underprice

verb
un·​der·​price | \ ˌən-dər-ˈprīs How to pronounce underprice (audio) \
underpriced; underpricing; underprices

Definition of underprice

transitive verb

1 : to price below what is normal or below the real value
2 : to undercut (a competitor) in prices

Examples of underprice in a Sentence

Recent Examples on the Web Boaz Weinstein, founder of credit hedge fund Saba Capital Management LP, said the market had been underpricing uncertainty. Gunjan Banerji, WSJ, "Behind the Market Swoon: The Herdlike Behavior of Computerized Trading," 25 Dec. 2018 In other parts of the Bay Area, Masching says many realtors are now purposely underpricing homes to goose interest and stimulate a bidding war. Karen D'souza, The Mercury News, "Bidding wars plummet as Bay Area housing market cools," 9 Aug. 2019 Facebook cannot underprice its competitors out of existence because most social networks are free. Mark Weinstein, WSJ, "I Compete With Facebook, and It’s No Monopoly," 27 June 2019 And Microsoft is already familiar with coming late to market with a product, then copying, underpricing, and scaling its way to success. Rani Molla, Vox, "Microsoft Teams isn’t better than Slack, but it is freer.," 9 July 2019 That’s a summation of Buffett’s emphasis on value investing—buying stocks that underprice the intrinsic value of companies. David Z. Morris, Fortune, "Warren Buffett Says He Was Wrong About Google and Amazon," 6 May 2018 The bankruptcy interfered with its supply chain and rival retailers such as Target and Amazon underpriced the company. Jon Chesto, BostonGlobe.com, "IHeart and Toys R Us take different paths in bankruptcy," 15 Mar. 2018 Chain pharmacies, including Rite Aid, grew by underpricing the independent pharmacies that were once a fixture on neighborhood Main Streets. Joseph N. Distefano, Philly.com, "Acme owner buying Pa.-based Rite Aid, doubling down on pharmacy," 20 Feb. 2018 The mistakes governments are making today in underpricing climate risk is akin to those of the financial sector in the mid-2000s, shortly before bad mortgages nearly destroyed the financial planet. Eric Roston, Bloomberg.com, "There's One Unspeakable Fix That Would Help Pay for the GOP's Tax Cuts," 3 Nov. 2017

These example sentences are selected automatically from various online news sources to reflect current usage of the word 'underprice.' Views expressed in the examples do not represent the opinion of Merriam-Webster or its editors. Send us feedback.

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First Known Use of underprice

1756, in the meaning defined at sense 1

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Statistics for underprice

Last Updated

31 Oct 2019

Time Traveler for underprice

The first known use of underprice was in 1756

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More Definitions for underprice

underprice

verb

Financial Definition of underprice

What It Is

Underpricing occurs in the finance world when a company prices its shares too low in an initial public offering.

How It Works

When a company decides it wants to issue stock, bonds or other publicly traded securities, it hires an underwriter to manage what is a long and sometimes complicated process.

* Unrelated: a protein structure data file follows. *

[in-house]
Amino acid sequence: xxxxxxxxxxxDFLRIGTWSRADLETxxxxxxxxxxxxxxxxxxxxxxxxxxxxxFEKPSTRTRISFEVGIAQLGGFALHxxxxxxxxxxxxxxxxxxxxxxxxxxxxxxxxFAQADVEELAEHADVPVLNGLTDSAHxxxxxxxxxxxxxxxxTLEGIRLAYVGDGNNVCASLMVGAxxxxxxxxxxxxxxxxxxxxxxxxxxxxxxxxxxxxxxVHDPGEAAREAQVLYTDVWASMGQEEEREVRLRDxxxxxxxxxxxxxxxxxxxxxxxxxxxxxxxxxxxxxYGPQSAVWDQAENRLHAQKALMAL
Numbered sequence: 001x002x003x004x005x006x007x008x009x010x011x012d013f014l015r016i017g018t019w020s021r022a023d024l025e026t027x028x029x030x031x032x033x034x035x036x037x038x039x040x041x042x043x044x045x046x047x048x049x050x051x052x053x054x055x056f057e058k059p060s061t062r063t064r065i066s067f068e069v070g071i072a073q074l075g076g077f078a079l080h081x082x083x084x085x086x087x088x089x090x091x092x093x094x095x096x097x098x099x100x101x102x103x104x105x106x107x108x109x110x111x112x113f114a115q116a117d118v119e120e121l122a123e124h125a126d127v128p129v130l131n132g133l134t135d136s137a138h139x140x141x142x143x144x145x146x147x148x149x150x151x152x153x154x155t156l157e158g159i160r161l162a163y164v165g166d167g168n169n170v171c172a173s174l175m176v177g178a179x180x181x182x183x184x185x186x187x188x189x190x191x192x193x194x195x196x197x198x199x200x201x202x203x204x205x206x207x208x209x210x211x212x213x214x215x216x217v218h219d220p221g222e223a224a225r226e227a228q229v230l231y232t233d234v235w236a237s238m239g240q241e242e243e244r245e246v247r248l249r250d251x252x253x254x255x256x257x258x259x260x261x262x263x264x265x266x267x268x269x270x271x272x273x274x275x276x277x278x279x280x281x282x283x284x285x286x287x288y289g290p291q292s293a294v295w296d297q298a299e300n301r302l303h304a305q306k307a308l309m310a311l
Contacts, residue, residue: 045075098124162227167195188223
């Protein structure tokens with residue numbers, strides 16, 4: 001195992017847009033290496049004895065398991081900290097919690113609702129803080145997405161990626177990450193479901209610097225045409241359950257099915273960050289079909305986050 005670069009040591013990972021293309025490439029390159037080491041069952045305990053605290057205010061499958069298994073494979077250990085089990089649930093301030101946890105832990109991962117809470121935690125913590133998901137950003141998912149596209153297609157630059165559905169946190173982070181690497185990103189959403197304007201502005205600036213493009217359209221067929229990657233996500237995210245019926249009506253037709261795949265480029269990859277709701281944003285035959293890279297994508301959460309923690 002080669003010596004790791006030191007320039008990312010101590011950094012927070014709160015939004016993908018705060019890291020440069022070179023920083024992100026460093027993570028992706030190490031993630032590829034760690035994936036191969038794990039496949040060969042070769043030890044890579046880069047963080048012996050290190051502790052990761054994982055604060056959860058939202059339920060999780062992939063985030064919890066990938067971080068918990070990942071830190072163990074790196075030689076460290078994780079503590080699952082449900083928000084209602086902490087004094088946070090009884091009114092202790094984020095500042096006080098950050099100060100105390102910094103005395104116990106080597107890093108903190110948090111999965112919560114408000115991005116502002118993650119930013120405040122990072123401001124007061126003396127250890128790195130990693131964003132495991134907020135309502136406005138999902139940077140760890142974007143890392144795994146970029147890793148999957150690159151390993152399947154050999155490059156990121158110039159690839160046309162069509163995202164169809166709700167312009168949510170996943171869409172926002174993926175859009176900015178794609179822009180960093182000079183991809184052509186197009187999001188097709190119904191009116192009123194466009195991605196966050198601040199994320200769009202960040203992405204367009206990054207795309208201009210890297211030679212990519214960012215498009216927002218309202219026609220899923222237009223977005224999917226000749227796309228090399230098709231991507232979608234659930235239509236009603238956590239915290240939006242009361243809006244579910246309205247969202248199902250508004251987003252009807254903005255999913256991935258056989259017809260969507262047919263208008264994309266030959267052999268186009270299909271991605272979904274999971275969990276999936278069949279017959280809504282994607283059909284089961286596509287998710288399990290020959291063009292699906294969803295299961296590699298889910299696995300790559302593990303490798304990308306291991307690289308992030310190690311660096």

Determining the final offering price is one of the underwriter’s biggest responsibilities for two reasons. First, the price determines the size of the proceeds to the issuer. Second, it determines how easily the underwriter can sell the securities to buyers. Thus, the issuer and the underwriter work closely together to determine the price.

Once the underwriter is sure it will sell all of the shares in the offering, it closes the offering. Then it purchases all the shares from the company (if the offering is a guaranteed offering), and the issuer receives the proceeds minus the underwriting fees. The underwriters then sell the shares to the subscribers at the offering price. Although the underwriter influences the initial price of the securities, once the subscribers begin selling, the free-market forces of supply and demand dictate the price.

Underwriters work hard to determine the “right” price for an offering, but sometimes they “leave money on the table.” For example, if XYZ Company prices its 10-million share IPO at $15 per share but the shares trade at $30 two days after the IPO, this suggests that the underwriter probably underpriced the demand for the issue. As a result, XYZ Company received $150 million (less underwriting fees) when it could have possibly fetched $300 million.

Why It Matters

IPOs are risky propositions for companies, because they involve sophisticated guessing about how much their shares are really worth to other people. Underwriters share in the risk of underpricing an offer, because they ultimately have to sell all the shares at the offer price. Underwriters often mitigate the risk of underpricing by forming a syndicate whose members share a portion of the shares in return for a portion of the fee.

Going public is a great way for many companies to raise capital. Though a bank loan might be an option, it requires monthly principal and interest payments that companies -- especially growing, cash-strapped ones -- may not consider wise uses of cash. Going public solves this problem in a way, because shareholders don't require monthly cash payments -- or any payments, for that matter, unless the company is sold.

Source: Investing Answers

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